Alfred Bethell died on 23 October 1920 at South Beach, Felixstowe, of pneumonia following influenza. His wife was with him. He was buried in the churchyard of St James’s, Tong, a village on the outskirts of Bradford. (His widow was related to the owners of the Tong Hall Estate. ) Those present at the funeral service included his widow, his daughter Enid Lane Fox and her husband, his son-in-law Hugo Stobart (presumably Esmée Stobart was indisposed), his brother Col. Hugh Bethell, and his sister Marcia Bethell. The grave is inconspicuous, up against the wall at the back of the churchyard, quite a contrast to the elaborate tomb Bethell constructed for his daughter. The plain headstone states ‘Sacred to the memory of Alfred Bethell, born at Rise Oct. 2nd 1862, died Oct. 23rd 1920.’ At the foot is the line ‘And of the past are all that cannot pass away’.
A.J. Bethell's tomb
Even though his widow was related to the owners of the Tong Hall Estate, it still seems a curious choice of location for the grave of a man who, as far as is known, had never lived there and had no other connection to the place. Nor, it seems, did his wife: after his death Elinor Bethell spent most of her remaining life in Paris. (She died in 1943 and was buried at Roecliffe, near Boroughbridge.) One would have thought that either Newton Kyme where his sister lived and his daughter was buried, or the family vault at Rise, would have been a more appropriate location for his final remains.
The Times reported that Alfred Bethell left £50,905 with directions to his executors to ‘expend a sum not exceeding £100 in typing or printing six copies of the notes I have collected and compiled, called “Cleopatra to Christ”, as the said notes may hereafter be proved to be a solution of some historical problems, and one copy sent to the British Museum, the Bodleian Library, Oxford, the Oriental Library and the London Library, rough-hewn though such notes may be.’ This was done, and the work (in four folio volumes) appears in the British Library’s catalogue, where it is annotated as arguing that Cleopatra was Christ’s mother.
This enquiry began with the unusual memorial lettered ‘1895 RUTH 1915’ in Newton Kyme churchyard, and two puzzles remain: why such a memorial was chosen, and the relative anonymity and obscurity of the inscriptions on the arch and the tomb, especially the omission of the surname. Alfred Bethell’s family always lived not far away from his sisters at Newton Kyme Hall and it seems to have been always considered as a second home by them. As early as May 1895 Maud Bethell gave ‘a handsome altar desk’ to the church there. Later, at various times, Bethell and his daughters gave it as their address in preference to their actual home. The ruins in the grounds of the Hall would have appealed to the young children’s imaginations. In his grief at his daughter’s death, perhaps increased by a sense of guilt at the effect on his youngest child of the break-up of his marriage (still uncommon and a social handicap, even for innocent children, in those days), Alfred might well have wanted to give her a memorial from the happier days of her childhood, something which was also very different from the normal headstone that other graves had.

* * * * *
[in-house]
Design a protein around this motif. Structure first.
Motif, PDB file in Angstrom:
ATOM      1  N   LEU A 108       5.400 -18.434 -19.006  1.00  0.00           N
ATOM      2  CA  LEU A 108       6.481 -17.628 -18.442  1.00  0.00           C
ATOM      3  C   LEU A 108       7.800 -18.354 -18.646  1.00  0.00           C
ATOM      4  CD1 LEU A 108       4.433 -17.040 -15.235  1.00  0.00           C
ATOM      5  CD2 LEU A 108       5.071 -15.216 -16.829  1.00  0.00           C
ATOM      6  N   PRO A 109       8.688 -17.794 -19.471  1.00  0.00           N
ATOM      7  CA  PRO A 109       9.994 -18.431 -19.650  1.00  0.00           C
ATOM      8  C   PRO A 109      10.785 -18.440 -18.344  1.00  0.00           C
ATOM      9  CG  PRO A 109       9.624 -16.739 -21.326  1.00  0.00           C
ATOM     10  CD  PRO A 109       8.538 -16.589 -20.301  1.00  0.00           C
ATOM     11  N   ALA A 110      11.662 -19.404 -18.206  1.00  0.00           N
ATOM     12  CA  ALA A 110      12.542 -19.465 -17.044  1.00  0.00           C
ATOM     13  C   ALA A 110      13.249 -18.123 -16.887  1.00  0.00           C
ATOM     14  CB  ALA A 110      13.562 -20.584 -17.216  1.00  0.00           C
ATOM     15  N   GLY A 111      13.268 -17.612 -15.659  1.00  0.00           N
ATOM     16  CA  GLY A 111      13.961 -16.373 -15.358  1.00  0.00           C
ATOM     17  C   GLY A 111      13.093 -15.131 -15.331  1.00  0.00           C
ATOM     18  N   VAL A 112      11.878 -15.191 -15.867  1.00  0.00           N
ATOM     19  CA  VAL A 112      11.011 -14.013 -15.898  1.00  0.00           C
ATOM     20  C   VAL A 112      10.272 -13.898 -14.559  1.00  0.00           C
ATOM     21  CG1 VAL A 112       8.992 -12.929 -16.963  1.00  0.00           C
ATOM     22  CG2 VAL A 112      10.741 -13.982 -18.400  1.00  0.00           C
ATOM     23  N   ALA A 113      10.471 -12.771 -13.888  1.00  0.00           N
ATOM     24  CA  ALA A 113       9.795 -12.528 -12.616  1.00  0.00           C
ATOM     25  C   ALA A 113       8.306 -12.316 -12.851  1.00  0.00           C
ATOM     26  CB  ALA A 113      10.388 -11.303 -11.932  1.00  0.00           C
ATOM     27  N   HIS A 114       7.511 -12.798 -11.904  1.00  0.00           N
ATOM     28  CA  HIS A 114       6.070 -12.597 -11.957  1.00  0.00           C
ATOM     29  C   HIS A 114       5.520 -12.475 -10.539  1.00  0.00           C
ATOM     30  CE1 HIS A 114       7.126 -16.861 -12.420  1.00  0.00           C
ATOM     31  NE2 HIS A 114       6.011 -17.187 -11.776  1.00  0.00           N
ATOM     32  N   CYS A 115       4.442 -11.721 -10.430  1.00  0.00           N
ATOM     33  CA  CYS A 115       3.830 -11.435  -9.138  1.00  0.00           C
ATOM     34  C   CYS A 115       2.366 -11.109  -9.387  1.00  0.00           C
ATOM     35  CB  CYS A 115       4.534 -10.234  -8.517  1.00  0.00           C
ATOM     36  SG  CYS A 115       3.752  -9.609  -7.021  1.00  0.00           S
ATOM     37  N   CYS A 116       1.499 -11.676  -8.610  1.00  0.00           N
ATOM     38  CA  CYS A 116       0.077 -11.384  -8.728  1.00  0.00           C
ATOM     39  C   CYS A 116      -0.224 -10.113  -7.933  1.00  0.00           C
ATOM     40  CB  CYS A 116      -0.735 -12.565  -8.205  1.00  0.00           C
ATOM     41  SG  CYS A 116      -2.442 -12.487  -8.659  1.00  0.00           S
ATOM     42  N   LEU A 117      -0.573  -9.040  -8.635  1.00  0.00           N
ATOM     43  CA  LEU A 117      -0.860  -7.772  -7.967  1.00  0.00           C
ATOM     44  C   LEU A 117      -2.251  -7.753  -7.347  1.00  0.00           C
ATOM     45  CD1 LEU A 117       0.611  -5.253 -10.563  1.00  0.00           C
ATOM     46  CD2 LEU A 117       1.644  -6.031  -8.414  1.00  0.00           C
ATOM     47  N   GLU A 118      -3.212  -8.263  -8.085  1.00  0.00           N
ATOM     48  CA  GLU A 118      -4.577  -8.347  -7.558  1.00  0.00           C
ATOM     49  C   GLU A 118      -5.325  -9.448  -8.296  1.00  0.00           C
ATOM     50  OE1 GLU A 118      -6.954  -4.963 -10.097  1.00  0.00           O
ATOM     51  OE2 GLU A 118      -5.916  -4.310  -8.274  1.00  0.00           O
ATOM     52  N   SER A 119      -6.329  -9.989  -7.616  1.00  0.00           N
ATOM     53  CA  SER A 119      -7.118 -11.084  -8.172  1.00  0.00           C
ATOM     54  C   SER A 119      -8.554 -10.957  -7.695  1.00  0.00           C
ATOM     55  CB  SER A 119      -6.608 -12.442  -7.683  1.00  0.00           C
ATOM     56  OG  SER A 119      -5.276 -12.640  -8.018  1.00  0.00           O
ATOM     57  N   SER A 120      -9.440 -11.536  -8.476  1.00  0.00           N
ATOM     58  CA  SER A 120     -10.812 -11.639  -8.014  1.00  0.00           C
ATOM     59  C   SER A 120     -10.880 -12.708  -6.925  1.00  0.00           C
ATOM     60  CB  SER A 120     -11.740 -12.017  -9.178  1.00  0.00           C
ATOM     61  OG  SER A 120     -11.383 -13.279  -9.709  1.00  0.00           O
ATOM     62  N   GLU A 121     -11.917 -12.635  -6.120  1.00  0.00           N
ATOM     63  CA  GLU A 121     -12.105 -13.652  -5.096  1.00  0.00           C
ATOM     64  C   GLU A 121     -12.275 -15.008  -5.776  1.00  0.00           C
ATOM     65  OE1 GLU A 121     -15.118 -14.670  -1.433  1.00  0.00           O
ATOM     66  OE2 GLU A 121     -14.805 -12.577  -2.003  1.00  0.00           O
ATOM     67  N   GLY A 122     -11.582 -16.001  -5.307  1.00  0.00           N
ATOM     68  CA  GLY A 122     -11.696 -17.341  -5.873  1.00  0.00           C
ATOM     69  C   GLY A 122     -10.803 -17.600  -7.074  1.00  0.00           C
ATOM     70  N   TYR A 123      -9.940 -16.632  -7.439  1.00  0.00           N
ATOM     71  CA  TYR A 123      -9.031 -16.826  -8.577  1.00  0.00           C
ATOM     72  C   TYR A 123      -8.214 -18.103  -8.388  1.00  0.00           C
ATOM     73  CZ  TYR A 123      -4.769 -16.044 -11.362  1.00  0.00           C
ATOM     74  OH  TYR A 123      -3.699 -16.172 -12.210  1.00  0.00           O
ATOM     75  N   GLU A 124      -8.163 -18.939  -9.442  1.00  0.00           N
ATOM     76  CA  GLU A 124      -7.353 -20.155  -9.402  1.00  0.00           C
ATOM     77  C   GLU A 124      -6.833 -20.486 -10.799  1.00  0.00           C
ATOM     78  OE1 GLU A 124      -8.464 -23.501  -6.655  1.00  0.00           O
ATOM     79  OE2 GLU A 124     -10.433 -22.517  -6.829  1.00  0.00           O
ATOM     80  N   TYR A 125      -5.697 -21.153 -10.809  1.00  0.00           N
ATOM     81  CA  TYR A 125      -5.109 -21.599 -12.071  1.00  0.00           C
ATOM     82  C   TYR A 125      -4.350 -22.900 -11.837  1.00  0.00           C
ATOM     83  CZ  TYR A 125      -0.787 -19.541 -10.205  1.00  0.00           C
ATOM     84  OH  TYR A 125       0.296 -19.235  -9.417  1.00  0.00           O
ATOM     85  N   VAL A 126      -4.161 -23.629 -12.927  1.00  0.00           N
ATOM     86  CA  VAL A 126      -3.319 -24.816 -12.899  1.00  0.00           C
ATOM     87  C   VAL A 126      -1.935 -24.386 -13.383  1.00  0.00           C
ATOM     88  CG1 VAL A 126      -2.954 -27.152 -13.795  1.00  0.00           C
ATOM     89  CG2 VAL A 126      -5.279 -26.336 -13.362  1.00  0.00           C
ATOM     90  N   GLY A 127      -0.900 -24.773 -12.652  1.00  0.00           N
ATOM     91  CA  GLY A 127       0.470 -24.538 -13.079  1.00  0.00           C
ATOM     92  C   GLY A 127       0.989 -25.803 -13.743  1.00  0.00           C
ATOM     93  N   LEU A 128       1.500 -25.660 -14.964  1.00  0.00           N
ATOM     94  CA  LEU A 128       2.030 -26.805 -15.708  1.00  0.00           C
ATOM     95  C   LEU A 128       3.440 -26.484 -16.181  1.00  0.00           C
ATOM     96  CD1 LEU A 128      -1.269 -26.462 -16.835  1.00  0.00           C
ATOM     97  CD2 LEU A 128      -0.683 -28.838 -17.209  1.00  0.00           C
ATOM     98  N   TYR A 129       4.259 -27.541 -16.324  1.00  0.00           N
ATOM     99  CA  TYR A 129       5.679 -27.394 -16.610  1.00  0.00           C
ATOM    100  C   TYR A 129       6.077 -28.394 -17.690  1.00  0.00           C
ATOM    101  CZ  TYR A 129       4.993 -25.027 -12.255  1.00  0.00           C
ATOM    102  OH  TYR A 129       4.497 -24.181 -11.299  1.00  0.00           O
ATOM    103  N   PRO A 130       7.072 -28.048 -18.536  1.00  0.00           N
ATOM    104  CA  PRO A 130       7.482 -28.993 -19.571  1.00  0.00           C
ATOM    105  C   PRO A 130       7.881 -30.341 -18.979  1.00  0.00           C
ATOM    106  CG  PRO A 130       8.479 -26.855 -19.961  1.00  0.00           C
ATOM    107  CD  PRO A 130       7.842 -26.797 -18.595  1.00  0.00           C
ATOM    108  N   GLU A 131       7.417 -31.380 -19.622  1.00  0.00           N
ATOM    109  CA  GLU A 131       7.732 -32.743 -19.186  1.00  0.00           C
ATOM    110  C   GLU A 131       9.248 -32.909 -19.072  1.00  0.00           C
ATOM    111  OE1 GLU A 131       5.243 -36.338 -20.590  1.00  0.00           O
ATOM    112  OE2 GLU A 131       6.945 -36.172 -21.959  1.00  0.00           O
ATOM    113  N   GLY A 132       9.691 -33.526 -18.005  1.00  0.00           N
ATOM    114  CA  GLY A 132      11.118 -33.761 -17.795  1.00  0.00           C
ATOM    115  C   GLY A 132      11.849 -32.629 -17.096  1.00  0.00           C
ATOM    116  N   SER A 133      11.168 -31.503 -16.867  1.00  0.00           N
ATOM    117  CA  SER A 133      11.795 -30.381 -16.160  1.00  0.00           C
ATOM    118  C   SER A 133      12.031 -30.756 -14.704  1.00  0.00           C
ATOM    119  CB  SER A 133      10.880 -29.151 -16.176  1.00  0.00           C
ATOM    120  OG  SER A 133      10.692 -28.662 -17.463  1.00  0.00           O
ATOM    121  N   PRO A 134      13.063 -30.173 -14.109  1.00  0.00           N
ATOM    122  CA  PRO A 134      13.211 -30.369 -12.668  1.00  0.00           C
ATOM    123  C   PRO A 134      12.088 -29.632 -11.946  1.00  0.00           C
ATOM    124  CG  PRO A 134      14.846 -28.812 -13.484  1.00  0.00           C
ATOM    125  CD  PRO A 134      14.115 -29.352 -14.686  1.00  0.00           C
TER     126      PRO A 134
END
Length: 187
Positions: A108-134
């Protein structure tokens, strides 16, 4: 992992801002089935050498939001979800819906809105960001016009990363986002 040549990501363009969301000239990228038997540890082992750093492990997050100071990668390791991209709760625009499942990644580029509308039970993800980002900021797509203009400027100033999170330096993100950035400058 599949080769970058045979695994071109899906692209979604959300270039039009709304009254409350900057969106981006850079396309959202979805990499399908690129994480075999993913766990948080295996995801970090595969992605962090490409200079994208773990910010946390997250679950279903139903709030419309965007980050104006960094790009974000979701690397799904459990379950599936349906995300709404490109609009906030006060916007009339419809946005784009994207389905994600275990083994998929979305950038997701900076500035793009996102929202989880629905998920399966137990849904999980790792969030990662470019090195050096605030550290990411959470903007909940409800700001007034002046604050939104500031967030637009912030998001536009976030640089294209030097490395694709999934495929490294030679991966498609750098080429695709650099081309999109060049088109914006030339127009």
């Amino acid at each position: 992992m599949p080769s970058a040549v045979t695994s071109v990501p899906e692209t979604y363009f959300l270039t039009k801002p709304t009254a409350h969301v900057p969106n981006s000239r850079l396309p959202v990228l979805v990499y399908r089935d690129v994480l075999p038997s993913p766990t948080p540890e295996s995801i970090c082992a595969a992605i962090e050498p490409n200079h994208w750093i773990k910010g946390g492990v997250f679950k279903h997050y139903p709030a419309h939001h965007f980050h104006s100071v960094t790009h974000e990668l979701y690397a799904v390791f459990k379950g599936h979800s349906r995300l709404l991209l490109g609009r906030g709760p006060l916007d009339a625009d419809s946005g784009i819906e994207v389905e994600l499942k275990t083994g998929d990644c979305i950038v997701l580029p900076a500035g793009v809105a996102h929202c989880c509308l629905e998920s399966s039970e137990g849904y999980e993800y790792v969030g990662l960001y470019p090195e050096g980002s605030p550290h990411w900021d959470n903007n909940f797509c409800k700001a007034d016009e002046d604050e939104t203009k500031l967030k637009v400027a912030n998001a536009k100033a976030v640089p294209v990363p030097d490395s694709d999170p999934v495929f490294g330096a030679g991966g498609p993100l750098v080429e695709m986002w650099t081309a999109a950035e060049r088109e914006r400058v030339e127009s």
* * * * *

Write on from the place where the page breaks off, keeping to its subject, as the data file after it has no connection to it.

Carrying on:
As for why he made it difficult for posterity to know whose tomb it was, there may be a simple explanation. Alfred Bethell was not interested in telling posterity who was buried in the tomb. He did what he wished and considered that his daughter’s tomb and memorial were no business of anyone else. When first erected, the tomb and arch were well away from the existing graves; over twenty years passed before another person was buried nearby, and that was Ruth’s aunt. The unusual choice of the arch and its visual prominence in the churchyard inevitably make it in one way a very public monument but, paradoxically, the anonymity and obscurity of the inscriptions, along with its position on the very edge of the burials, keep it a very private memorial.
At Newton Kyme, Barry Parkin and Bob Hall, former churchwardens, and Lucinda Jennings, the present warden, encouraged this research. The splendid efforts of Jane and Tim Fell in the churchyard revealed the previously-hidden brickwork surrounding the tomb.
I thank Alison Norman of Dringhouses Local History Group for information about Middlethorpe Lodge.
Special thanks are owed to Anthony J. Woodman, Professor of Classics at the University of Virginia, USA, who spent much time consulting colleagues there and in other universities to elucidate the meaning of the inscription.
Kate Alderson-Smith and David Tomkins kindly let me see a copy of Vanity Fair Album
I am grateful to Oliver Pickering for his encouragement and helpful comments on an early draft of this article.